Although from various reports Dr. CC did not unwrap the thumb and visualize the soft tissue damage or contamination of the wound, he then in his operative report indicates extensive contamination and using a rongeur to remove bone in order to clean up the contamination. For stabilization of fractures of the proximal phalanx Dr. CC chose to use very small pins and left the end of these pins sticking out of the end of the thumb. There are several colored photos which reveal the condition of the thumb prior to surgery and afterwards with the pins exiting the tip of the thumb. There is no mention in the operative record of any examination of the condition of the F PL tendon which attaches to the base of the distal phalanx. This examiner could find no comments concerning the extensor tendon as well, which also attaches dorsally to the base of the distal phalanx. Dr. CC reports creating a volar flap which is folded up over the remaining bone of the distal phalanx. A complete closure of the thumb was performed. After sterile dressing the thumb and distal forearm were placed in a thumb Spica cast. In the records there are additional color photos of the thumb with pins protruding from the end of the thumb and of apparent significant amount of some soft tissue missing as well as the nail and nail bed. In this photo there appears to be a large medial dog ear of skin.

At the first post op visit for Mr. JG with Dr. CC, the mother indicates that they went to see a Dr. SSS for a second opinion concerning the thumb. Apparently, a non-cast type of support was placed on the thumb which was not satisfactory with Dr. CC. Dr. CC put the patient back into a thumb Spica cast. On the post op visit of 4/2/2010 there is notation that the two pin sites are clean and the flap is 100% viable. There is a notation in Dr. CC’s records also that all the soft tissue was in good condition and that the x-ray showed no change in alignment of the fracture fragments. Mr. JG was to be seen in a month and on the visit of 1/4/2010 the patient was given a release to return to gym and sports that day. In the process of following x-rays of the thumb it is noted that the initial x-rays in the emergency room revealed a large soft tissue defect involving the dorsal distal thumb and there was a comminuted fracture of the complete first distal phalanx as well as a displaced fractures of the distal end of the proximal phalanx. There is no comment in the initial emergency room x-rays of any bone being missing.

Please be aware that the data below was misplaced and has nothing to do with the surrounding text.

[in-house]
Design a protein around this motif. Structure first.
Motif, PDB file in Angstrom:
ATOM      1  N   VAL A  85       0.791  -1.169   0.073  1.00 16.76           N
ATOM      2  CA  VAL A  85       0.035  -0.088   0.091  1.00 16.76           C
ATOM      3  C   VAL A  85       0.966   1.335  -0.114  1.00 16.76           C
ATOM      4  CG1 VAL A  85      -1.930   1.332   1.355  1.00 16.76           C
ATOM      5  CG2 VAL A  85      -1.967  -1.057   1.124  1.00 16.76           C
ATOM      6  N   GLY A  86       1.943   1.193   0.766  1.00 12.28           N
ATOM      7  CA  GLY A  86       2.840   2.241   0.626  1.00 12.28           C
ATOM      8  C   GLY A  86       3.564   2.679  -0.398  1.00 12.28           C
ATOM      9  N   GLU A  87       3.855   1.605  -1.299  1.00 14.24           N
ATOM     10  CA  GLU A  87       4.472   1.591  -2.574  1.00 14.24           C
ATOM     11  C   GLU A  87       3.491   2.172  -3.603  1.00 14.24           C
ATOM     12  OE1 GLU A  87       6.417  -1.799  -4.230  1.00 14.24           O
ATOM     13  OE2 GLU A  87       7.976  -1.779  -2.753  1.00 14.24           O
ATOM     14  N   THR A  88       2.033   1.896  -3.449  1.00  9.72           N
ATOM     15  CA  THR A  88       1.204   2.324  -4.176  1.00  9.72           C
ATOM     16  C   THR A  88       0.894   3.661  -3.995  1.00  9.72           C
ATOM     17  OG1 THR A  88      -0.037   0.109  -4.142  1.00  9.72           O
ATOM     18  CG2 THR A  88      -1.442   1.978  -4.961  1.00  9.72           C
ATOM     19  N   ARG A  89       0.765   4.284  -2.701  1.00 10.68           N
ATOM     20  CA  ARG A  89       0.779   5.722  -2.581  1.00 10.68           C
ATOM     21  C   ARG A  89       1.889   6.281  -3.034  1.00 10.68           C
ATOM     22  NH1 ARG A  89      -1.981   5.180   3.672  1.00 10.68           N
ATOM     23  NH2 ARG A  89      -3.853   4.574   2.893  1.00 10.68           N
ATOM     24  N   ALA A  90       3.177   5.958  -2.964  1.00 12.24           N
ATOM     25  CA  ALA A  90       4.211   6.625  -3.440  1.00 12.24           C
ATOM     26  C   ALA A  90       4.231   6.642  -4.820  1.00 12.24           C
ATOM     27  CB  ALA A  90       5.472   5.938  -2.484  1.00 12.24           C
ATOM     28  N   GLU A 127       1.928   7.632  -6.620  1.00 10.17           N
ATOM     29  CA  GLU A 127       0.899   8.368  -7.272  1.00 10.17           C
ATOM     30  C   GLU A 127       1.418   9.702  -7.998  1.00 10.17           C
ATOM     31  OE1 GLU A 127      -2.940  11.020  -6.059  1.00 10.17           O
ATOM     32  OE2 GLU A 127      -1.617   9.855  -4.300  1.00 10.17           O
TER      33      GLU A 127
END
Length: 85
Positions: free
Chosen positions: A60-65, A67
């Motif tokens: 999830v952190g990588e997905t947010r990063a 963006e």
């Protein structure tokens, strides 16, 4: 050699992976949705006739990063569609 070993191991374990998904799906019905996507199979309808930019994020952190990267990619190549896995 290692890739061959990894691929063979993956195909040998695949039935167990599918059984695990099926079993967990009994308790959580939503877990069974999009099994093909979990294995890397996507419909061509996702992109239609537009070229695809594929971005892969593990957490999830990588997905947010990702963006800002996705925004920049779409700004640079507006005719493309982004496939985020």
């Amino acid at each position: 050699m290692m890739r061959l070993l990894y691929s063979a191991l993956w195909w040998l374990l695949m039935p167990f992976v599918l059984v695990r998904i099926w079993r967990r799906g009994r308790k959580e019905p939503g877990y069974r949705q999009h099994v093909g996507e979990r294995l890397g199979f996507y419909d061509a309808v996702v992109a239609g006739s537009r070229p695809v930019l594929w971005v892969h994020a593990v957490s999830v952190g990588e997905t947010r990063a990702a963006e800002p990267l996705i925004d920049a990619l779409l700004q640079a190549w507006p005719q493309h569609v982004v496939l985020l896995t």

At the time of surgery with Dr. CC specifically points out missing bone from the distal phalanx. Later post op films show missing bone of the TU FT area of the thumb and longitudinal pins in place with one pin not traversing the fracture fragment. There is a report from Department of Orthopedics of Wilmington Delaware where the patient was seen by Dr. TJ, M D who felt that the F PL tendon had been amputated from the bone but was sitting at the end of the thumb and that there was nonunion of old fractures. This consultation was dated 12/12/11. Mr. TJ in her report indicated that Mr. JG had been seen by additional two or three hand surgeons regarding possibilities of improvement of Mr. JG’s thumb condition. The complaints were those of the patient having extreme difficulty with gripping with thumb pinch, playing sports gripping racquets, and hypersensitivity of the tip of the thumb. This report of Mr. TJ was generated after Mr. JG had had an MRI done on this thumb dated 1/5/ 2012. The MRI report states “amputation of distal aspect of right thumb which includes absence of distal phalanx and fracture of distal end of proximal phalanx”.

There was also found to be evidence of non-union of a fracture fragment. The F PL tendon was noted to at the level of the fracture just before the D IP joint with a curving radial deviation into some scar tissue. The EPL was noted to cross the joint dorsally and connect to the remaining bone of the distal phalanx. The impression of this MRI was amputation of the distal right thumb noted at the level of the distal aspect of the proximal phalanx this MRI report was read by Valerie White MD. Mr. TJ felt that the patient was having pain from the non-union of the bone and that the weakness of grip especially holding sports racquets was coming from the transected FPL tendon.

Mr. TJ went over the same options of treatment as had several other surgeons.

The pros and cons of each method were all laid out for the patient. These methods included taking a great toe from the foot and transplanting it to the thumb.  There are 2 pages of exercises provided to the patient by Ms. FK an occupational therapist. I am not aware of any additional surgery on Mr. JG’s thumb at this time. It is clear to me that without additional surgery this young man will continue to have considerable difficulties with this right thumb and in particular strong pinch activities.

SUMMARY